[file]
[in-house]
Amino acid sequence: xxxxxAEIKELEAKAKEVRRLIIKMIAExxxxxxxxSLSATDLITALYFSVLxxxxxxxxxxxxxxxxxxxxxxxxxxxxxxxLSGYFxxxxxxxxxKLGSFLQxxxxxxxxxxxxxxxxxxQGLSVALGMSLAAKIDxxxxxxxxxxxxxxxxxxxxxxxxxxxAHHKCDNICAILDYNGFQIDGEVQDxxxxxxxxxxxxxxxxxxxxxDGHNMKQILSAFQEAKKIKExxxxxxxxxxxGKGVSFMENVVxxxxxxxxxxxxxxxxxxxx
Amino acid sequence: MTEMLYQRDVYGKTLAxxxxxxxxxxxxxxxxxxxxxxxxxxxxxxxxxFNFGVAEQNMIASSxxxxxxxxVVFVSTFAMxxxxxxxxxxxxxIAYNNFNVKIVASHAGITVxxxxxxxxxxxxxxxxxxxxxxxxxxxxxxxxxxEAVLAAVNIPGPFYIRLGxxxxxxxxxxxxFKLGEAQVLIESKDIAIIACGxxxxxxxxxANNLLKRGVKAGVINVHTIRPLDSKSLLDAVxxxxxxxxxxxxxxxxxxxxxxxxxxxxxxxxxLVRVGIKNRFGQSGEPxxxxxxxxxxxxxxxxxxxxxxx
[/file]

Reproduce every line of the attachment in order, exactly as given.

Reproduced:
[in-house]
Amino acid sequence: xxxxxAEIKELEAKAKEVRRLIIKMIAExxxxxxxxSLSATDLITALYFSVLxxxxxxxxxxxxxxxxxxxxxxxxxxxxxxxLSGYFxxxxxxxxxKLGSFLQxxxxxxxxxxxxxxxxxxQGLSVALGMSLAAKIDxxxxxxxxxxxxxxxxxxxxxxxxxxxAHHKCDNICAILDYNGFQIDGEVQDxxxxxxxxxxxxxxxxxxxxxDGHNMKQILSAFQEAKKIKExxxxxxxxxxxGKGVSFMENVVxxxxxxxxxxxxxxxxxxxx
Amino acid sequence: MTEMLYQRDVYGKTLAxxxxxxxxxxxxxxxxxxxxxxxxxxxxxxxxxFNFGVAEQNMIASSxxxxxxxxVVFVSTFAMxxxxxxxxxxxxxIAYNNFNVKIVASHAGITVxxxxxxxxxxxxxxxxxxxxxxxxxxxxxxxxxxEAVLAAVNIPGPFYIRLGxxxxxxxxxxxxFKLGEAQVLIESKDIAIIACGxxxxxxxxxANNLLKRGVKAGVINVHTIRPLDSKSLLDAVxxxxxxxxxxxxxxxxxxxxxxxxxxxxxxxxxLVRVGIKNRFGQSGEPxxxxxxxxxxxxxxxxxxxxxxx